How did the new variant get its name?

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Some well-known variants, such as Delta, have risen to the level of anxiety. Others in that category are named alpha, beta and gamma. Other Greek characters were used for variations that did not meet those limits, but only Nu and Xi were omitted.

The WHO has promoted the naming system as simple and accessible, saying that, unlike the scientific names of variants, it is “difficult to say and remember, and misleading”.

Some researchers agree.

Dr. Angela Rasmussen, a virologist at the University of Saskatchewan, said she had conducted several interviews with reporters earlier this year before the Greek naming system was announced, and that she was stumbled upon by confusing descriptions of types B.1.1.7 and B.1351. They are now known as the Alpha, which originated in the United Kingdom and the Beta, which originated in South Africa.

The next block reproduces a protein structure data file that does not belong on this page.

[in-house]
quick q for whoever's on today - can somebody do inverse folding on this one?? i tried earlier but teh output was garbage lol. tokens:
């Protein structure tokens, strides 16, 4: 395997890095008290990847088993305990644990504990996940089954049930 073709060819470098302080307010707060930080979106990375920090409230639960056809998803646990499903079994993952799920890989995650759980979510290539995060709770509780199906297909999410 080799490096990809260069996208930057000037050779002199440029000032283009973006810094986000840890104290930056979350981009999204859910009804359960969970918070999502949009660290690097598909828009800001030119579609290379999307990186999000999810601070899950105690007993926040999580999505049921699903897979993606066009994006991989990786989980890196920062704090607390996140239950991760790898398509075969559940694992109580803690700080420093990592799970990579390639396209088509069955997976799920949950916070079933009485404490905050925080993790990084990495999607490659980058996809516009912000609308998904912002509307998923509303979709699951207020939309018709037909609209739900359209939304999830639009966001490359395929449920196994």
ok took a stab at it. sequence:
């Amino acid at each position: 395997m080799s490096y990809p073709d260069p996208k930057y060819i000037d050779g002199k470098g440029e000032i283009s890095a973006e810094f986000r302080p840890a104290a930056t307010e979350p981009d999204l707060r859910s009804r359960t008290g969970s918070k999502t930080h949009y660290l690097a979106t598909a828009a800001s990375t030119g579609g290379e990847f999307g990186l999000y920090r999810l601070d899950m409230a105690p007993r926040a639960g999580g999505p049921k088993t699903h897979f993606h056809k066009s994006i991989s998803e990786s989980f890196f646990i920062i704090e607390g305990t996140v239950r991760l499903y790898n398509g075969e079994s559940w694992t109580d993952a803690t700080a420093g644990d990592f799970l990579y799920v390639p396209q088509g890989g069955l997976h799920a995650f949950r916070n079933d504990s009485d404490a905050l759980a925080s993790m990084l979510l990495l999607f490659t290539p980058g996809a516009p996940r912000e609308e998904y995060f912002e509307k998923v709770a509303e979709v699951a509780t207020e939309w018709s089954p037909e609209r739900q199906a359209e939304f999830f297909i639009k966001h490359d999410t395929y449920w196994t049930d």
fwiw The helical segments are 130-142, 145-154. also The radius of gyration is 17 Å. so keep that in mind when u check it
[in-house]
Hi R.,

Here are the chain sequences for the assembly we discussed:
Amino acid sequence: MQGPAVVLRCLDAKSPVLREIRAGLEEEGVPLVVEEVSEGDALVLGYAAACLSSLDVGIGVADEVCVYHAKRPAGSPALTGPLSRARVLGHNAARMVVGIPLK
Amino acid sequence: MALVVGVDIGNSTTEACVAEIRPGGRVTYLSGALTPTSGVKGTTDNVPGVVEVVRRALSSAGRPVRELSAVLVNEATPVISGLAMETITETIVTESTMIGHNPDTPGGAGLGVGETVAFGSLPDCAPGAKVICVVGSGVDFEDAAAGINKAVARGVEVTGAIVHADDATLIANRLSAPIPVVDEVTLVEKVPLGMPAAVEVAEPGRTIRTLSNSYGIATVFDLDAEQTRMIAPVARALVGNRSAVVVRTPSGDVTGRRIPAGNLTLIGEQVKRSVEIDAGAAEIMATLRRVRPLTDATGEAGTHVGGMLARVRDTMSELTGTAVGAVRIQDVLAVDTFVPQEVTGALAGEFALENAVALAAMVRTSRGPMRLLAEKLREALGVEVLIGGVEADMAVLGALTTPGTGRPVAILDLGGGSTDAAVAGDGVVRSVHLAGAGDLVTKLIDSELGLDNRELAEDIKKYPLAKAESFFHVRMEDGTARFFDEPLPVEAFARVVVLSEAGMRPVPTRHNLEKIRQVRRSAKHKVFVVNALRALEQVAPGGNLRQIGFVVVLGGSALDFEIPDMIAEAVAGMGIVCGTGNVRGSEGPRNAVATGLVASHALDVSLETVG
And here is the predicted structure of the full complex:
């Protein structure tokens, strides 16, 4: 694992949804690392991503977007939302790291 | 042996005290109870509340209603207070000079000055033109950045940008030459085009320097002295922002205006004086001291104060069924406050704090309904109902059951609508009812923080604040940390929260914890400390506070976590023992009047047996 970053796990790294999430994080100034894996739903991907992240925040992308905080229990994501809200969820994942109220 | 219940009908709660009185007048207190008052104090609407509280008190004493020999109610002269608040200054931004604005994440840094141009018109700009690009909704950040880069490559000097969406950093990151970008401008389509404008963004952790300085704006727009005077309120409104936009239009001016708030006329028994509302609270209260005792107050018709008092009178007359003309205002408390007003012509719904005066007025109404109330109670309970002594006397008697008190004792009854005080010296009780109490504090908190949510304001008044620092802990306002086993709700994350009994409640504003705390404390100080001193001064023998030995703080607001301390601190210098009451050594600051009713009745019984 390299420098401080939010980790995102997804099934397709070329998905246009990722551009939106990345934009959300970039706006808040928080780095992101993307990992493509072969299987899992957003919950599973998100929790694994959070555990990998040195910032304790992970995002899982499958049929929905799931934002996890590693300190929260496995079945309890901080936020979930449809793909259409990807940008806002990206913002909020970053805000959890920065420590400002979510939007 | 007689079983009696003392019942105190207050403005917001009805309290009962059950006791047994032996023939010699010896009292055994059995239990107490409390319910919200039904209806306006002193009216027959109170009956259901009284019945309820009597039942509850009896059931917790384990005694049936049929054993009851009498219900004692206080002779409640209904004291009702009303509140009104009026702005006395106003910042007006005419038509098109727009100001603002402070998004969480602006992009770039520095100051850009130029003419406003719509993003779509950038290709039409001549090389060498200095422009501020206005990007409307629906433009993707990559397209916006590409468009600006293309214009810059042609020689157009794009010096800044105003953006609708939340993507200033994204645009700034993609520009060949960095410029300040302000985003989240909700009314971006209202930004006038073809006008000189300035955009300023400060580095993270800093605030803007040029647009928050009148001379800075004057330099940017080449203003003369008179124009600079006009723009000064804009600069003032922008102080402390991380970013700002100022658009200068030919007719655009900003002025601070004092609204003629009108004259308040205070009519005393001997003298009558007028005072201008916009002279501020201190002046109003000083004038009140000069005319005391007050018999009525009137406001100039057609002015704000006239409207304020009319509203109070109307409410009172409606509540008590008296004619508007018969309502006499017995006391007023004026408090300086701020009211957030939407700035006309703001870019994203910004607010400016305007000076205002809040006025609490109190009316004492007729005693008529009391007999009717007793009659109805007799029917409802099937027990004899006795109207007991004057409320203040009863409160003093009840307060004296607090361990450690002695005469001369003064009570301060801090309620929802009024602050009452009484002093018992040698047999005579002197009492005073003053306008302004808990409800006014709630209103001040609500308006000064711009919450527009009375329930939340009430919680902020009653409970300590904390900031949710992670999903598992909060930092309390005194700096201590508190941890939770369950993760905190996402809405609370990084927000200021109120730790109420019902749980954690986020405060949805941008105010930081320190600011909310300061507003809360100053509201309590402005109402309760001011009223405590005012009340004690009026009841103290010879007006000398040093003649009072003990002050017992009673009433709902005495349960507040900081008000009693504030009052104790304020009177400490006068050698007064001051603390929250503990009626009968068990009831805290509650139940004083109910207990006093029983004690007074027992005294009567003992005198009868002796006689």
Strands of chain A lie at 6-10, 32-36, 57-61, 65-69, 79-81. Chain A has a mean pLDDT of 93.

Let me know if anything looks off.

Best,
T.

“It’s very difficult to talk about it when you constantly use characters with different names,” he added, “in the end people call it the UK variant or the South African variant.”

This is another big reason why the WHO changed to the Greek naming system, Dr. Rasmussen said: The old naming convention was unfair to the people who appeared the virus. The agency called the practice of describing variations by locations “degrading and discriminatory.”

The practice of naming regions after viruses is also historically misleading, Dr. Rasmussen said. Ebola, for example, is named after a river that is actually far from where the virus originated.

“I remember people saying from the beginning of the epidemic: ‘We called it the Spanish flu. Why shouldn’t we call it the Wuhan corona virus?'” Dr. Rasmussen said. “The Spanish flu did not come from Spain. There is a good chance ”

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